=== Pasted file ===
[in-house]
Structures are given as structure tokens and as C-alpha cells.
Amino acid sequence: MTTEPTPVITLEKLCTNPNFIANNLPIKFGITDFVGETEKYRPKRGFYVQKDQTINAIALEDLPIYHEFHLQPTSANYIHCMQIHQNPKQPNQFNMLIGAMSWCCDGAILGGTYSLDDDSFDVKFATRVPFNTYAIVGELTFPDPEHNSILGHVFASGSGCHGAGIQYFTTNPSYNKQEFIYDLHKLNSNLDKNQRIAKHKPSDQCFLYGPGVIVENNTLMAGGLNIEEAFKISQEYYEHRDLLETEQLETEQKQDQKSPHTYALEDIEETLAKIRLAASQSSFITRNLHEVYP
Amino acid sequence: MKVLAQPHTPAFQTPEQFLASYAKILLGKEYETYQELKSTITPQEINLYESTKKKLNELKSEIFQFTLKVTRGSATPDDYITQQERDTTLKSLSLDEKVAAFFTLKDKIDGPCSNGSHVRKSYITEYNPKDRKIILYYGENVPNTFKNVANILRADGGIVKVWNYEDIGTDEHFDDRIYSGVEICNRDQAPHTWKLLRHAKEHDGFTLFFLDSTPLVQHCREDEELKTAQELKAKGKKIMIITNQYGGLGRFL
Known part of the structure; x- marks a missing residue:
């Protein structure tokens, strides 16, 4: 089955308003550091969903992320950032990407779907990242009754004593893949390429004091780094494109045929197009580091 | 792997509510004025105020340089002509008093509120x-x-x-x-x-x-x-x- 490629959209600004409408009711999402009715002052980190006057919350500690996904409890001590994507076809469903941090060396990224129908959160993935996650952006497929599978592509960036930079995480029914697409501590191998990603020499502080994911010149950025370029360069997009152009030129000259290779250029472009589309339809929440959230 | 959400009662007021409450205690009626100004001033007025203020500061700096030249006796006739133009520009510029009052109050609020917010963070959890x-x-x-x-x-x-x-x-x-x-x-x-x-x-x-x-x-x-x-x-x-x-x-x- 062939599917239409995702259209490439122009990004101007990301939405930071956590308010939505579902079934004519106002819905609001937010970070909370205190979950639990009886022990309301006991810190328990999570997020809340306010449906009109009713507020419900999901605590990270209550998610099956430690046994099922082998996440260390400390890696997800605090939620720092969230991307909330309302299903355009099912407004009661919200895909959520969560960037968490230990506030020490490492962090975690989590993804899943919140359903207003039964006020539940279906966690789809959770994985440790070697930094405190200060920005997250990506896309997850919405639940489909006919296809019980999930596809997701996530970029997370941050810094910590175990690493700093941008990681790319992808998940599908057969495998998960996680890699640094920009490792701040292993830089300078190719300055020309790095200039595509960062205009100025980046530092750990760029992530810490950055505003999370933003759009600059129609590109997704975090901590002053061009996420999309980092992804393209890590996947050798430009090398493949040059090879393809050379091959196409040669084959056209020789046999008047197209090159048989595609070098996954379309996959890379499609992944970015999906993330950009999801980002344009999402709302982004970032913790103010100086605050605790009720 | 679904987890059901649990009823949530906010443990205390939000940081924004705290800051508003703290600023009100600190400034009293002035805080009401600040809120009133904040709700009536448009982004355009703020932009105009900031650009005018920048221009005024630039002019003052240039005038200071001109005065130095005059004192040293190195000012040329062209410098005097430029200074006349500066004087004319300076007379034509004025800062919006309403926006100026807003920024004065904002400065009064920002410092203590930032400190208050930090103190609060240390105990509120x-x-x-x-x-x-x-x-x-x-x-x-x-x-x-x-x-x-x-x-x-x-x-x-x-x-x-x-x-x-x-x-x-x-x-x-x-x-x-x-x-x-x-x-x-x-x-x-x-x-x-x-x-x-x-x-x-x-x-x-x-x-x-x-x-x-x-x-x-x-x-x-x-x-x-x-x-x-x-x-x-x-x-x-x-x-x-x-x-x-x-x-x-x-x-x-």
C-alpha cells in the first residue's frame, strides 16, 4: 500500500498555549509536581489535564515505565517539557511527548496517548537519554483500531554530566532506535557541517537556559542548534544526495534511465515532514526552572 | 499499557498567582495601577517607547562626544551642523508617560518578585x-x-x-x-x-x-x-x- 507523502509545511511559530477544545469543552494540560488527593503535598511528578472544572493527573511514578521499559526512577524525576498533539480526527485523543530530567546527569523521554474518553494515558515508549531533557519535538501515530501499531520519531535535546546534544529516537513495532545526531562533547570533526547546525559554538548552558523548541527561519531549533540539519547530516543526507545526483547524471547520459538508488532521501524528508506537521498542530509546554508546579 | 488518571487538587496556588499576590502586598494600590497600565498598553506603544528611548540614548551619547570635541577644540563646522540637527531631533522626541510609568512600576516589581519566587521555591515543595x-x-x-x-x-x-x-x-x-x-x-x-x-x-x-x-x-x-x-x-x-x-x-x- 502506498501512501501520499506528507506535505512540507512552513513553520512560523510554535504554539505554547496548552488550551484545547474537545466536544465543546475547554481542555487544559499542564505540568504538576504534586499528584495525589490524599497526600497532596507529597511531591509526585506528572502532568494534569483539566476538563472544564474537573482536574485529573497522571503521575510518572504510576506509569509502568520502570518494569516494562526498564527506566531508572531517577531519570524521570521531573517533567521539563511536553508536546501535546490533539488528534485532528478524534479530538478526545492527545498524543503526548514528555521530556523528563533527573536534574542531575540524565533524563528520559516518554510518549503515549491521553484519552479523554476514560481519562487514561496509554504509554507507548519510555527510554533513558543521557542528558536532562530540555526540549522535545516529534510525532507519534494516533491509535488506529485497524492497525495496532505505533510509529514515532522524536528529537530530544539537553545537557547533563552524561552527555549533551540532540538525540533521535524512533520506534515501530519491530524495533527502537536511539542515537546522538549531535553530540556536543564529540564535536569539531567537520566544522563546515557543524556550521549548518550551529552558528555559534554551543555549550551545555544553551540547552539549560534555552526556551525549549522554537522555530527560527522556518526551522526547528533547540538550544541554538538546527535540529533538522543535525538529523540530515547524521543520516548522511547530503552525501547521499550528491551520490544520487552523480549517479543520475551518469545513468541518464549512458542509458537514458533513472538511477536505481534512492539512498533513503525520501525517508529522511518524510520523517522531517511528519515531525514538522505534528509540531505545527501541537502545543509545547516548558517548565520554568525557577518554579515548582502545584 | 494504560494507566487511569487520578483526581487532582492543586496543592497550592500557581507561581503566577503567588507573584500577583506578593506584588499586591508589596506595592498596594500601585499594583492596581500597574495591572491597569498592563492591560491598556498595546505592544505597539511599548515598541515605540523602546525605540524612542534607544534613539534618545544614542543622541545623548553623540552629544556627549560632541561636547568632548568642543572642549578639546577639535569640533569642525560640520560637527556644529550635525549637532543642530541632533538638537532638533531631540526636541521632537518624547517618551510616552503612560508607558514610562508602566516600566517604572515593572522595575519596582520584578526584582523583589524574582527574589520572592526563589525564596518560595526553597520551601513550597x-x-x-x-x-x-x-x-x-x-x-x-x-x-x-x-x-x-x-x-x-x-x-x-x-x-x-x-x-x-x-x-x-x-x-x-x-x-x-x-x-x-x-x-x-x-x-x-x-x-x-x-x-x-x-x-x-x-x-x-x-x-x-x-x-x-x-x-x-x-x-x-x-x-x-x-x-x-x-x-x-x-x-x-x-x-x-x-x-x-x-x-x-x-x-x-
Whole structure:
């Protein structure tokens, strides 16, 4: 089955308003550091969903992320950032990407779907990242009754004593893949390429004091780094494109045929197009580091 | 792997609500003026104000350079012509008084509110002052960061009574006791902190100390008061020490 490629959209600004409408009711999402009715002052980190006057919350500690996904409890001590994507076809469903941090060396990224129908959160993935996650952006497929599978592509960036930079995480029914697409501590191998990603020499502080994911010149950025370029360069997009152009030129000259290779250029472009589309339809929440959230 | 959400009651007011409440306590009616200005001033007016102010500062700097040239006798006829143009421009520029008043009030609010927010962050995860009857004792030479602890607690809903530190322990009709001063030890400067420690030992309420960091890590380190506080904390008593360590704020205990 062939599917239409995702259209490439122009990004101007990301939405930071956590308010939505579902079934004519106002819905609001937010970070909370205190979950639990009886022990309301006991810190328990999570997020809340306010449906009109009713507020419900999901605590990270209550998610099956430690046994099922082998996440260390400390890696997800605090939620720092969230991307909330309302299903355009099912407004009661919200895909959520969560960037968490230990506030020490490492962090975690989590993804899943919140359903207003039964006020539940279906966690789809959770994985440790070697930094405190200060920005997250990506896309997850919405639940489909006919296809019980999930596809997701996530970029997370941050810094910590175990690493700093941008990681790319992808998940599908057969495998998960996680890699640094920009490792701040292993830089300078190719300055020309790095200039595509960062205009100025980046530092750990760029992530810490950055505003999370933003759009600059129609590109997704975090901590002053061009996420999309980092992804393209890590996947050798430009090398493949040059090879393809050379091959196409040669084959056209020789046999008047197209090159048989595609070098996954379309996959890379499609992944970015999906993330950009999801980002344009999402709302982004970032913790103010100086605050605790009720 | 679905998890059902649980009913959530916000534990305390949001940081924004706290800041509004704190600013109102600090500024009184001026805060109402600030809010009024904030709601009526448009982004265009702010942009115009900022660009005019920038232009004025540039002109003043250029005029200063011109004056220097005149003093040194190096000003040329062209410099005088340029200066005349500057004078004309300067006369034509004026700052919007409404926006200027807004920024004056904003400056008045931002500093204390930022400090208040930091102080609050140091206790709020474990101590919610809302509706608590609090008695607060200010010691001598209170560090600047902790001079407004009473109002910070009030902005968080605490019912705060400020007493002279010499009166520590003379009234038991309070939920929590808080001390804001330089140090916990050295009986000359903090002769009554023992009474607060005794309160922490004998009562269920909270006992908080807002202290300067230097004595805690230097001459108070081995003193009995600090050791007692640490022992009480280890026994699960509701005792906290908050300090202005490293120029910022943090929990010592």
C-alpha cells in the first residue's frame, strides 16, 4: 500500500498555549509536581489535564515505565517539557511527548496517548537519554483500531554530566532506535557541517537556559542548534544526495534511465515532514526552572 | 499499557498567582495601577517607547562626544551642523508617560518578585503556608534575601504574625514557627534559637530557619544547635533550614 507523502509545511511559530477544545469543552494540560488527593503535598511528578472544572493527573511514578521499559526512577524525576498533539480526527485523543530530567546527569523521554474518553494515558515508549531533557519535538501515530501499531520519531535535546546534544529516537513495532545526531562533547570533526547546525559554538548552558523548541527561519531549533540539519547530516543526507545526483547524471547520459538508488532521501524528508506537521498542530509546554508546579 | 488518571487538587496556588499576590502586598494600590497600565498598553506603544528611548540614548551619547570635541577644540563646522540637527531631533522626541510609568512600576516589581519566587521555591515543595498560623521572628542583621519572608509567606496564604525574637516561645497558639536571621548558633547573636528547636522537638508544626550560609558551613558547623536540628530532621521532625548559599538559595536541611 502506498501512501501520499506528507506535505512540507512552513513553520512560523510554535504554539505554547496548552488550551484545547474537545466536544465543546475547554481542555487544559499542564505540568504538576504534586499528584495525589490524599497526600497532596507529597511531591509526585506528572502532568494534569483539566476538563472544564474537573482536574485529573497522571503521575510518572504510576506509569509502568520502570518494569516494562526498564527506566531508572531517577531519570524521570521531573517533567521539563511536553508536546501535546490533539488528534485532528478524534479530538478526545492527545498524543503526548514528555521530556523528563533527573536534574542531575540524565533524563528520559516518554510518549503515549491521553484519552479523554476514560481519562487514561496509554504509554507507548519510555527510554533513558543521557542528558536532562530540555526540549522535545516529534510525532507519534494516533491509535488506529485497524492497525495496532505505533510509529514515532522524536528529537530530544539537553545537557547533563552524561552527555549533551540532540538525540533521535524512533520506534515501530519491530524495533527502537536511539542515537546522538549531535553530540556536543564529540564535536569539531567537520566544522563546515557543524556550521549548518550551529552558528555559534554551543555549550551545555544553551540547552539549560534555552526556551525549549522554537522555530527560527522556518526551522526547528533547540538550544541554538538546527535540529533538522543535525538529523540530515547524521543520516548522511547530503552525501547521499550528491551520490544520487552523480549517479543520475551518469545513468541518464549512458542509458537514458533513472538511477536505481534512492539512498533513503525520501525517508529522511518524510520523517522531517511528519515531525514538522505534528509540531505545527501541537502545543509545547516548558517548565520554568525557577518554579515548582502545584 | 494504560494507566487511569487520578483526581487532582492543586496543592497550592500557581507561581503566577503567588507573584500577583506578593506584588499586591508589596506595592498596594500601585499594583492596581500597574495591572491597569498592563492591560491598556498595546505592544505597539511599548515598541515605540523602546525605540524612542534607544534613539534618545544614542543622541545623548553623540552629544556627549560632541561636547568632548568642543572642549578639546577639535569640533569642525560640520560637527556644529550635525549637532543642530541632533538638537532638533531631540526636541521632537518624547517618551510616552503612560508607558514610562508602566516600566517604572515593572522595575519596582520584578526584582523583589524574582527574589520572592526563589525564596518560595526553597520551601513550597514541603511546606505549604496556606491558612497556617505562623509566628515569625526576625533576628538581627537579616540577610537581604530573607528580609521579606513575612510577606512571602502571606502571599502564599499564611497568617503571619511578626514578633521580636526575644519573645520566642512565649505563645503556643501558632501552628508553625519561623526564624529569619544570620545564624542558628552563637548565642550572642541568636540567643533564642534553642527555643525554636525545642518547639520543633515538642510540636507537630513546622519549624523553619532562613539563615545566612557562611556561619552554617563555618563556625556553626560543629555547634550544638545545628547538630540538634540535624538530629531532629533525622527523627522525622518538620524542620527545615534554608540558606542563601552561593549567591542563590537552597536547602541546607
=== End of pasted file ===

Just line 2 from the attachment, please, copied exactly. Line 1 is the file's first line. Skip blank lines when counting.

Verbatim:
Structures are given as structure tokens and as C-alpha cells.